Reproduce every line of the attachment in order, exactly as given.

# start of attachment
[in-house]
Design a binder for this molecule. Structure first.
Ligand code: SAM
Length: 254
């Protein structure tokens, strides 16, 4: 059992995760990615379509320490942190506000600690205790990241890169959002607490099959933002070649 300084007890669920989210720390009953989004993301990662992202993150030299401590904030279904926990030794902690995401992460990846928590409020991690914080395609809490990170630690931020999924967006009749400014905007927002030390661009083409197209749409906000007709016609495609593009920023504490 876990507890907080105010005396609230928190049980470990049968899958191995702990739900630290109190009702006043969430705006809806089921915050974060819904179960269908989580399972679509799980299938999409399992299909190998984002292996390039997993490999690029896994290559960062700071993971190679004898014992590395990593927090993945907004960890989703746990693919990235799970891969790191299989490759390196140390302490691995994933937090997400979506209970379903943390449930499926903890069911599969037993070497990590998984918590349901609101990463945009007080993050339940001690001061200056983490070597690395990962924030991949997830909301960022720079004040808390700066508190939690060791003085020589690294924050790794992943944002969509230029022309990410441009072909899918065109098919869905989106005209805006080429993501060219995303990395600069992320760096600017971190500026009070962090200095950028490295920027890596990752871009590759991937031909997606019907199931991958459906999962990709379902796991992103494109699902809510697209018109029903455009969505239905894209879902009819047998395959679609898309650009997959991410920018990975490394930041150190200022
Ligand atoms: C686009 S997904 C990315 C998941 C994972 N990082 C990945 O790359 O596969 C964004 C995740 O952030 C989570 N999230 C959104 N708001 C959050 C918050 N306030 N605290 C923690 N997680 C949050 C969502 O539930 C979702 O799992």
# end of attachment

[in-house]
Design a binder for this molecule. Structure first.
Ligand code: SAM
Length: 254
């Protein structure tokens, strides 16, 4: 059992995760990615379509320490942190506000600690205790990241890169959002607490099959933002070649 300084007890669920989210720390009953989004993301990662992202993150030299401590904030279904926990030794902690995401992460990846928590409020991690914080395609809490990170630690931020999924967006009749400014905007927002030390661009083409197209749409906000007709016609495609593009920023504490 876990507890907080105010005396609230928190049980470990049968899958191995702990739900630290109190009702006043969430705006809806089921915050974060819904179960269908989580399972679509799980299938999409399992299909190998984002292996390039997993490999690029896994290559960062700071993971190679004898014992590395990593927090993945907004960890989703746990693919990235799970891969790191299989490759390196140390302490691995994933937090997400979506209970379903943390449930499926903890069911599969037993070497990590998984918590349901609101990463945009007080993050339940001690001061200056983490070597690395990962924030991949997830909301960022720079004040808390700066508190939690060791003085020589690294924050790794992943944002969509230029022309990410441009072909899918065109098919869905989106005209805006080429993501060219995303990395600069992320760096600017971190500026009070962090200095950028490295920027890596990752871009590759991937031909997606019907199931991958459906999962990709379902796991992103494109699902809510697209018109029903455009969505239905894209879902009819047998395959679609898309650009997959991410920018990975490394930041150190200022
Ligand atoms: C686009 S997904 C990315 C998941 C994972 N990082 C990945 O790359 O596969 C964004 C995740 O952030 C989570 N999230 C959104 N708001 C959050 C918050 N306030 N605290 C923690 N997680 C949050 C969502 O539930 C979702 O799992």